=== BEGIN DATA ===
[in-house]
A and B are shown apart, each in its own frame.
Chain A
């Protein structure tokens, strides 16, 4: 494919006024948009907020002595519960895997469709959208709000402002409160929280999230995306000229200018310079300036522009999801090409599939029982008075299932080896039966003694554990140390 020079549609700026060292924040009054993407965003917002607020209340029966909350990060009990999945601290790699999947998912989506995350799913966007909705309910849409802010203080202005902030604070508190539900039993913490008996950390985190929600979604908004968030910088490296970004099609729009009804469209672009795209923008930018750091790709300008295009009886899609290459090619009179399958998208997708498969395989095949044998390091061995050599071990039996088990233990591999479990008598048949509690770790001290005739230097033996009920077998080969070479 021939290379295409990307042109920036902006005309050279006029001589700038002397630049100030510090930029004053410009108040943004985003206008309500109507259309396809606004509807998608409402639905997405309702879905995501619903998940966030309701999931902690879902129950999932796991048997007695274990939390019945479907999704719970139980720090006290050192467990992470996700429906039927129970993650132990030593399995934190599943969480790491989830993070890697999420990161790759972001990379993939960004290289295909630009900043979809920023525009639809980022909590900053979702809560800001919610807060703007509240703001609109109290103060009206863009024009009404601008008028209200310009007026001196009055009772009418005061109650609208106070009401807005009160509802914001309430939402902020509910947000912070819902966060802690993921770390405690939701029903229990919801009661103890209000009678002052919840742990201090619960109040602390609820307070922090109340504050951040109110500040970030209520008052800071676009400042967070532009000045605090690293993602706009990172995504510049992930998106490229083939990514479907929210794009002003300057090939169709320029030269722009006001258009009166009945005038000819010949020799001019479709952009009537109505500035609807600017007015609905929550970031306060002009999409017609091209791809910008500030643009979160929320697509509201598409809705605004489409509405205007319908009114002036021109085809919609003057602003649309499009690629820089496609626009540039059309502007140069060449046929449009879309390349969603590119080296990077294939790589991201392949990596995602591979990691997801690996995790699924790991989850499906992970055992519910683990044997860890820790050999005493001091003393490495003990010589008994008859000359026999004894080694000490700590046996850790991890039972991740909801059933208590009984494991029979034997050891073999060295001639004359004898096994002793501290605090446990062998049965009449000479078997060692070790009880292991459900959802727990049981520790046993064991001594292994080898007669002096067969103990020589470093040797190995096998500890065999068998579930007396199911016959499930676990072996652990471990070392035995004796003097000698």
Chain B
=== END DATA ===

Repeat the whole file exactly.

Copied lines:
[in-house]
A and B are shown apart, each in its own frame.
Chain A
């Protein structure tokens, strides 16, 4: 494919006024948009907020002595519960895997469709959208709000402002409160929280999230995306000229200018310079300036522009999801090409599939029982008075299932080896039966003694554990140390 020079549609700026060292924040009054993407965003917002607020209340029966909350990060009990999945601290790699999947998912989506995350799913966007909705309910849409802010203080202005902030604070508190539900039993913490008996950390985190929600979604908004968030910088490296970004099609729009009804469209672009795209923008930018750091790709300008295009009886899609290459090619009179399958998208997708498969395989095949044998390091061995050599071990039996088990233990591999479990008598048949509690770790001290005739230097033996009920077998080969070479 021939290379295409990307042109920036902006005309050279006029001589700038002397630049100030510090930029004053410009108040943004985003206008309500109507259309396809606004509807998608409402639905997405309702879905995501619903998940966030309701999931902690879902129950999932796991048997007695274990939390019945479907999704719970139980720090006290050192467990992470996700429906039927129970993650132990030593399995934190599943969480790491989830993070890697999420990161790759972001990379993939960004290289295909630009900043979809920023525009639809980022909590900053979702809560800001919610807060703007509240703001609109109290103060009206863009024009009404601008008028209200310009007026001196009055009772009418005061109650609208106070009401807005009160509802914001309430939402902020509910947000912070819902966060802690993921770390405690939701029903229990919801009661103890209000009678002052919840742990201090619960109040602390609820307070922090109340504050951040109110500040970030209520008052800071676009400042967070532009000045605090690293993602706009990172995504510049992930998106490229083939990514479907929210794009002003300057090939169709320029030269722009006001258009009166009945005038000819010949020799001019479709952009009537109505500035609807600017007015609905929550970031306060002009999409017609091209791809910008500030643009979160929320697509509201598409809705605004489409509405205007319908009114002036021109085809919609003057602003649309499009690629820089496609626009540039059309502007140069060449046929449009879309390349969603590119080296990077294939790589991201392949990596995602591979990691997801690996995790699924790991989850499906992970055992519910683990044997860890820790050999005493001091003393490495003990010589008994008859000359026999004894080694000490700590046996850790991890039972991740909801059933208590009984494991029979034997050891073999060295001639004359004898096994002793501290605090446990062998049965009449000479078997060692070790009880292991459900959802727990049981520790046993064991001594292994080898007669002096067969103990020589470093040797190995096998500890065999068998579930007396199911016959499930676990072996652990471990070392035995004796003097000698």
Chain B